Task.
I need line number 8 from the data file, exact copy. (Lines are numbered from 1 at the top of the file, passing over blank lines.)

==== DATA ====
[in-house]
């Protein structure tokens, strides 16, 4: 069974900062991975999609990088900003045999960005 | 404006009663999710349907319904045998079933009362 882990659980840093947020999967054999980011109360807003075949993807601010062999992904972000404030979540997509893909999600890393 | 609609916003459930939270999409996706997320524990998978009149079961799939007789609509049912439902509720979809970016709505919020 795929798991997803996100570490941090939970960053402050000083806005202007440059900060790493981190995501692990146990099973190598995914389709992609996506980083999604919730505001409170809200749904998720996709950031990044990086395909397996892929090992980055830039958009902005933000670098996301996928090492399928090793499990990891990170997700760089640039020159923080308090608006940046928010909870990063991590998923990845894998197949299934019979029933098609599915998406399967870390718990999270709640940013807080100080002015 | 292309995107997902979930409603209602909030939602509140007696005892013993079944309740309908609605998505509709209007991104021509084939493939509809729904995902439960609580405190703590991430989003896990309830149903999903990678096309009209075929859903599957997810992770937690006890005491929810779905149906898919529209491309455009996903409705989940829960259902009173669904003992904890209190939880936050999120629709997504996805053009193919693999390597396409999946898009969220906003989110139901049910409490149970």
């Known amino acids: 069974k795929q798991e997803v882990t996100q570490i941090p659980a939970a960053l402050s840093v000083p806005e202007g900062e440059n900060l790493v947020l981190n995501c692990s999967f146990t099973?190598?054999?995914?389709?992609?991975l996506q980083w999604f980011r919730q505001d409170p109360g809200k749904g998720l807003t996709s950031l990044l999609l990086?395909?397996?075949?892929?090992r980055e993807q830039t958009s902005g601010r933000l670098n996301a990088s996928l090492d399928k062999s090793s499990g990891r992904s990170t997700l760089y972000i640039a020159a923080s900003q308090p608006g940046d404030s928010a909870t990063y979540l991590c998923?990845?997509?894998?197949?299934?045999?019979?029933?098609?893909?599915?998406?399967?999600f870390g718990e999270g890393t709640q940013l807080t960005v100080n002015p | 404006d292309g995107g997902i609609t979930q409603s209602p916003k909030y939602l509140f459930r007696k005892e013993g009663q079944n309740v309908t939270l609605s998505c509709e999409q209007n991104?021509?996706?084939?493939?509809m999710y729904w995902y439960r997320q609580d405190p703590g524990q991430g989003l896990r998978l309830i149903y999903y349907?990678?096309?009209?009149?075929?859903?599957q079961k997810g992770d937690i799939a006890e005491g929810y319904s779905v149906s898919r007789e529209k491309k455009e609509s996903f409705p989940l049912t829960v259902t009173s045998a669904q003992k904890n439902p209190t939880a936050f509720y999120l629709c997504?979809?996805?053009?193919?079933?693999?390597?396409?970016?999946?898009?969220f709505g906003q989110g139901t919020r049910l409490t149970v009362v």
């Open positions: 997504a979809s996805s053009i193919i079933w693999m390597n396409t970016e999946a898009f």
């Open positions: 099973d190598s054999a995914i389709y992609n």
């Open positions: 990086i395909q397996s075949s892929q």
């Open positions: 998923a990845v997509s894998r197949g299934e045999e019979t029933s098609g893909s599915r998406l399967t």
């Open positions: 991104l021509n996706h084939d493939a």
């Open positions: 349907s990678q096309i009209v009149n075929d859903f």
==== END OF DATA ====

């Open positions: 991104l021509n996706h084939d493939a």